The Swedish government intends to stop the future establishment of private charter schools, as a means of indicating that it is a secular state.
As a result of a consensus between the ruling left-of-the-centre red-green coalition and its junior support parties, the Centre and the Liberals, an investigation on the confessional elements in the educational system is now in progress. The assignment of special investigator Lars Arrhenius is to submit proposals for a total stop to the establishment of new primary and secondary schools which have a religious undertone.
“In recent years, we have seen examples of schools that, in the name of religion, separate girls and boys, barely teach about sex or cohabitation, and equate evolution with religious creationism myths. This is totally unacceptable. Now the government is taking the first steps towards stopping new religious schools,” Social Democrat Education Minister Anna Ekström said in a statement.
According to her, the possibility of starting new charter schools with a confessional orientation may ultimately be removed. Existing religious schools shall remain, but may have to revise their regulations.
“In a Swedish school, each student must be free to shape their own perception and future. Not a single child should be forced to participate in confessional elements or denied teaching about, for example, evolutionary doctrine or sex and cohabitation. It is a question of defending the very foundation of the school, that the main emphasis shall be placed on knowledge and education, not religious education,” Anna Ekström explained.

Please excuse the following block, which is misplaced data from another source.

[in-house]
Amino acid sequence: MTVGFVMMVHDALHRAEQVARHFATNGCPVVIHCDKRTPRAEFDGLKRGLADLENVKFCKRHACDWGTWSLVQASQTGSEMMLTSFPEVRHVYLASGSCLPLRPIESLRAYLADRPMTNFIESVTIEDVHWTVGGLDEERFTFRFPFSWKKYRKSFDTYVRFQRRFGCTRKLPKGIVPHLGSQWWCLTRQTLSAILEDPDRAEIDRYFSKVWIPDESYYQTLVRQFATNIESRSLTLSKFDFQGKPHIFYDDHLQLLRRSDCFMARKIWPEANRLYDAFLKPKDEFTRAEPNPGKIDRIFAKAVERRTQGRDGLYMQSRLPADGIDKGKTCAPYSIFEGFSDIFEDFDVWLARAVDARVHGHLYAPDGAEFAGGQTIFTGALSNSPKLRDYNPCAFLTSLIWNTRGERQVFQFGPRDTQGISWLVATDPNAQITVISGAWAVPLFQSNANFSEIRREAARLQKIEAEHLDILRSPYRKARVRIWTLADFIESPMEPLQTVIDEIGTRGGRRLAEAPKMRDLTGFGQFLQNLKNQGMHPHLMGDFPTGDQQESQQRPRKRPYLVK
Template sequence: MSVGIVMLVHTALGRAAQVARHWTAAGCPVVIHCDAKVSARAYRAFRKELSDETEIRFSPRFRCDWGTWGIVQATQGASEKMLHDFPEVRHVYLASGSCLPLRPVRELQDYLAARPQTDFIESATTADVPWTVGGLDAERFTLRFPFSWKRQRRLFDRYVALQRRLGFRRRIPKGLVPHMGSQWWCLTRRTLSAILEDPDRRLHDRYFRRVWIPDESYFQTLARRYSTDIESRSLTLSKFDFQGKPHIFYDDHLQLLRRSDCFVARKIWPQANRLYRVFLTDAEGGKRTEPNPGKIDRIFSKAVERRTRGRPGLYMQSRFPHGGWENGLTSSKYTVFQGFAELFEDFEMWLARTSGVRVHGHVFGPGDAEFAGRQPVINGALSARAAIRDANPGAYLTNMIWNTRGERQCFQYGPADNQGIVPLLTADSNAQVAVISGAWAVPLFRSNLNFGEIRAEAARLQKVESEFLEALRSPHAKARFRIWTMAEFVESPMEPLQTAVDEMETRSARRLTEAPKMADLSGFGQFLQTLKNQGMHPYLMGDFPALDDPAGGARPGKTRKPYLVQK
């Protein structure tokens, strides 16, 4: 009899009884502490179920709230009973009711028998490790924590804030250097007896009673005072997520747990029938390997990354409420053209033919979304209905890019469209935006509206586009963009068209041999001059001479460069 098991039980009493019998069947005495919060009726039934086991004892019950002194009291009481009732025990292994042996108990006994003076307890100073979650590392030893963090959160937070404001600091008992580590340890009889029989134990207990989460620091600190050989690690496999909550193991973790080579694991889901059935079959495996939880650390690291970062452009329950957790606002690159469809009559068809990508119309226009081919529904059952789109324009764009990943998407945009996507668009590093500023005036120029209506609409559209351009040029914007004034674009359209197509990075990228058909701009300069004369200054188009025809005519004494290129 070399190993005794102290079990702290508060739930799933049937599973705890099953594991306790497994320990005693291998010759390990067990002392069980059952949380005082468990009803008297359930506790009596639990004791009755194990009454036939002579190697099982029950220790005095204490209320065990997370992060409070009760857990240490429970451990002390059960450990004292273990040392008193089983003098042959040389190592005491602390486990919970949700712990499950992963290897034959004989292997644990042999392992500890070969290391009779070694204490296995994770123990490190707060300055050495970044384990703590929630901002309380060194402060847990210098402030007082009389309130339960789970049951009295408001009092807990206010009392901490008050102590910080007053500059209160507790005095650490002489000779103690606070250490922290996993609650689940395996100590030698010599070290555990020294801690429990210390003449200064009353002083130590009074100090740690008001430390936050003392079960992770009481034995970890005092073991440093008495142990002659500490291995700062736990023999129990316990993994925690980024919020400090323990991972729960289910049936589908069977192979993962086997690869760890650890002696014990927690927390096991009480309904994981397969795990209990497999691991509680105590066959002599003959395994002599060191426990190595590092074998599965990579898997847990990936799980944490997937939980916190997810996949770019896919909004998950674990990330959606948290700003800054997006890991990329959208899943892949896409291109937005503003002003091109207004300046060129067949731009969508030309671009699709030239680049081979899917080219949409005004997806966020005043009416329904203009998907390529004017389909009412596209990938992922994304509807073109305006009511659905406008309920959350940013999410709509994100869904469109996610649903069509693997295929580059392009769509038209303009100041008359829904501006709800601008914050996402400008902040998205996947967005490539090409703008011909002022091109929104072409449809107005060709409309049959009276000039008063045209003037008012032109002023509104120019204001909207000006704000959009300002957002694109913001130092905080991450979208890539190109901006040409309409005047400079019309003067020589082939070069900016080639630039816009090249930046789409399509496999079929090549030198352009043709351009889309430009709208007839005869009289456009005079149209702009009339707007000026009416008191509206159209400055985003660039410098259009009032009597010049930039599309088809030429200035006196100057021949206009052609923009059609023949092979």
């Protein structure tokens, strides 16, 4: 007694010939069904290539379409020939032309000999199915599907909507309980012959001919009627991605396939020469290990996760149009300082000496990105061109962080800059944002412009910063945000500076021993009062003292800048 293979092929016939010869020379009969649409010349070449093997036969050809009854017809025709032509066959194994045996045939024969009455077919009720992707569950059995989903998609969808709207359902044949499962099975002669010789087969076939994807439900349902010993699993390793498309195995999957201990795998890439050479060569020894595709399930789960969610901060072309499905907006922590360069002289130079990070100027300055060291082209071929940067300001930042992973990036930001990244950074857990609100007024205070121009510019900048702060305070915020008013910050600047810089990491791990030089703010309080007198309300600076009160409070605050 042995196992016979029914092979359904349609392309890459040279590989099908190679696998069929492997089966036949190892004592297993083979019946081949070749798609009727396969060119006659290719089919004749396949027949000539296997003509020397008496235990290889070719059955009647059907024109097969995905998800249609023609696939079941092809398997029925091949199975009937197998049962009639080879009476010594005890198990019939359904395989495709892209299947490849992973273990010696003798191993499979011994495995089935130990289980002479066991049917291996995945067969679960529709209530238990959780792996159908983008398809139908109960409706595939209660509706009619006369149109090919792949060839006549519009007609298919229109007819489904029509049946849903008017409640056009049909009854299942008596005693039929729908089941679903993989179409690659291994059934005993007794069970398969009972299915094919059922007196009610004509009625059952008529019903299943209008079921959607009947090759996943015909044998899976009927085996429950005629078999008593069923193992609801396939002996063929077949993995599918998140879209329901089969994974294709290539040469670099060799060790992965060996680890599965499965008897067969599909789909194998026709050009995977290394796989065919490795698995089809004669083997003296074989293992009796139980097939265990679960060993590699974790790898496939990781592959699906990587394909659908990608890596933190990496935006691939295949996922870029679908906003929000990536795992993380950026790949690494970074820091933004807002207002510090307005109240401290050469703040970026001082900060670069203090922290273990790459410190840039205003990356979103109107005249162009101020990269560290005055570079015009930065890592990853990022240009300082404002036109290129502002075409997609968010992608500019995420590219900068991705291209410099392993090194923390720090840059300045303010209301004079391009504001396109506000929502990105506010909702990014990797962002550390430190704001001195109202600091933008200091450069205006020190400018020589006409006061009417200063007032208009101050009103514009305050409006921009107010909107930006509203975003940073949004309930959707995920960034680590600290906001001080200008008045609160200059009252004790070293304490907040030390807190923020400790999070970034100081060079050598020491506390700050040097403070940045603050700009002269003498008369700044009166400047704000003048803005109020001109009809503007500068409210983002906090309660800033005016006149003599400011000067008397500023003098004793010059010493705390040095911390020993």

In an interview with the Christian newspaper Dagen, Ekström suggested that religious charter schools were “bad for society” and that stopping them was a matter of integration.
However, there may be one notable exception. Jewish schools are to be exempted from the ban, fellow Social Democrat Civilian Minister Ardalan Shekarabi assured following the criticism from the Jewish Central Council.
“There are special rules for the minorities we have in Sweden. The Jewish minority is protected in that legislation and this means that they will be able to maintain their structure with special training,” Shekarabi was quoted as saying by Aftonbladet daily.
Columnist Ivar Arpi noted that virtually all arguments that are raised against confessional schools refer to Muslim schools and not Christian or Jewish ones.
“If everyone knows which schools are considered to inhibit the integration of immigrants, why not say it out straight? How about a little honesty?” Arpi wrote in his column in Svenska Dagbladet called “Christian schools punished for no reason.”
The school report must be finished no later than 19 December 2019.
At present, Sweden has some 70 schools that claim to have at least some confessional elements most of them are Christian or Muslim.
A 2017 Pew Research Center report found that 59.9 percent of Swedes self-identified as Christians, with 48.7 percent belonging to the Church of Sweden, and the majority of the rest being unaffiliated Christians.
The number of Muslims has been estimated at over 8 percent of Sweden's population of 10 million.
By contrast, the Jewish diaspora numbers only 20,000. Of those, about 7,000 are members of a congregation.